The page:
Python's 8-bit cleanness deprecated?

Just just at
Tue Feb 4 19:22:17 CET 2003

In article <mailman.1044380830.22886.python-list at>,
 Jeff Epler <jepler at> wrote:

> On Tue, Feb 04, 2003 at 01:36:04PM +0100, Just wrote:
> > Here's a possible compromise (which I'm not sure is implementable at 
> > all): Python could only issue warnings if 8-bit chars are used in string 
> > literals, and not if they only occur in comments.
> What makes you believe that Python can tell what is a comment and what
> is a string without knowing the encoding?

This is not about knowing the encoding but about warning when an 
encoding _should_ have been specified. Since whatever the encoding is, 
it must be a superset of ASCII I don't see why my suggestion wouldn't 
work (bar implementation limitations). That's not so say I'm completely 
convinced of the idea myself.

> I think the only limitation of the source file encoding is that it must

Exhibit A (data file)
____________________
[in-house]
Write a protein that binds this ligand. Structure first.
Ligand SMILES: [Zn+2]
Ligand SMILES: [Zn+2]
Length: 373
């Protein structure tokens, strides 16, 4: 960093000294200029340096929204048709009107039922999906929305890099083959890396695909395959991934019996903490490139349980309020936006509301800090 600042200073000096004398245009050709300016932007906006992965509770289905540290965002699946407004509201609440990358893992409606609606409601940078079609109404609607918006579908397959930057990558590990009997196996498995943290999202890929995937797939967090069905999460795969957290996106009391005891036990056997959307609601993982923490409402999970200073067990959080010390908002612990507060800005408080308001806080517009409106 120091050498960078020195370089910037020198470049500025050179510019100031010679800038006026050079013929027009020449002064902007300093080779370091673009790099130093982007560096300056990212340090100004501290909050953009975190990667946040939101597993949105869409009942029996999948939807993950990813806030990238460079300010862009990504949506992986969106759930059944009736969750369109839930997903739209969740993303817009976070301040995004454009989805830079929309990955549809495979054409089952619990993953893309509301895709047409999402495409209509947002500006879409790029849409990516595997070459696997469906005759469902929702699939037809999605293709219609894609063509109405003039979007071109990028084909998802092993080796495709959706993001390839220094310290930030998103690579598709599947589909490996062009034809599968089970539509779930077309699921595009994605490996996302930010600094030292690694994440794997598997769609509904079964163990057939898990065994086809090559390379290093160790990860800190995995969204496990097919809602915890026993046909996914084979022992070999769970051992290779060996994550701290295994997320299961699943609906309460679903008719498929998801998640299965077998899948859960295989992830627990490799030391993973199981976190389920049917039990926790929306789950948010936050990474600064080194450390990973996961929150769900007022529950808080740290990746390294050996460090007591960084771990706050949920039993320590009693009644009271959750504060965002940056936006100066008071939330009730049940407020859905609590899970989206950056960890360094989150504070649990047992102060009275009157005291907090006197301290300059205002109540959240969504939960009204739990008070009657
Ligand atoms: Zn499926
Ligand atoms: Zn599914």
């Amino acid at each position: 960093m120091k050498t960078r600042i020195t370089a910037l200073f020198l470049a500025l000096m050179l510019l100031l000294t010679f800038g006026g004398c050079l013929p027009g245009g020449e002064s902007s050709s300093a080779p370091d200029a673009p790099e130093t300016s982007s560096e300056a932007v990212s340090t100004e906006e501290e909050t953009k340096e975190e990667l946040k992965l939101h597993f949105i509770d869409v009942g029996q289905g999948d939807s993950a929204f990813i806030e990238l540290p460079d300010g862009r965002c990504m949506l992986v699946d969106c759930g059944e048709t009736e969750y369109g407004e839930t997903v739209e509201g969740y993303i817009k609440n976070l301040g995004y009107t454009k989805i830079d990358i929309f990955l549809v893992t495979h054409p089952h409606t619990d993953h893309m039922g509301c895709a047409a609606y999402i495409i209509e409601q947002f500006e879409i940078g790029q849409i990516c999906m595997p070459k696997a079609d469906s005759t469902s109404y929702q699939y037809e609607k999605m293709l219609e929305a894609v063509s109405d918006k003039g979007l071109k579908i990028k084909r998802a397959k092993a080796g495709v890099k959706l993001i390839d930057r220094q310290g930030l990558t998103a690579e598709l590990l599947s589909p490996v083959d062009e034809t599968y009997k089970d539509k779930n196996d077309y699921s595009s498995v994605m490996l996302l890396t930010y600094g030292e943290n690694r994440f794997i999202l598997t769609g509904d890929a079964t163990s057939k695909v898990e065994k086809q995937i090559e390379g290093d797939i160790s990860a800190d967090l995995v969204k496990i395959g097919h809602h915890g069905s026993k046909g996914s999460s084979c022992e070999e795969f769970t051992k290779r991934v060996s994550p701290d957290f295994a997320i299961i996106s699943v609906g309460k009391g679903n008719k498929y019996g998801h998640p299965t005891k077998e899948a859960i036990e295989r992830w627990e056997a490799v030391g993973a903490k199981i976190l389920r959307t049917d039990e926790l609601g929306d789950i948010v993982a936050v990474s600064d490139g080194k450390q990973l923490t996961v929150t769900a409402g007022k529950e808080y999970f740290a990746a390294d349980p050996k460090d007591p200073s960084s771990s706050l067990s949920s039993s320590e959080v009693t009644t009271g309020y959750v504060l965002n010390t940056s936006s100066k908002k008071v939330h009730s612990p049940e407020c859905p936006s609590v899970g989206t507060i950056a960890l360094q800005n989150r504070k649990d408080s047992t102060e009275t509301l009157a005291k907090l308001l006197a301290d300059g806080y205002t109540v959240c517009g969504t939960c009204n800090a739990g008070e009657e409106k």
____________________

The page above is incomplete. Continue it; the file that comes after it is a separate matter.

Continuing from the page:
> be an ASCII superset.  So for instance I could have a perverse encoding
> where 0x81 decodes to u'\n', and 0x83 is another valid character in the
> encoding
> 's'.  Then this byte string
>     '#\x81"\x83"\x81'
> actually decodes to
>     u'#\n"\uXXXX"\n"
> which means the file contains a string with high-bit-set chars used in
> a string literal.

I don't see your point: my suggestion is about reducing the warning 
irritation for people using 8-bit encodings in comments of code that 
works *now* (in Python <= 2.2), not about bizarre things you _could_ do 
with perverse encoding directives in 2.3.


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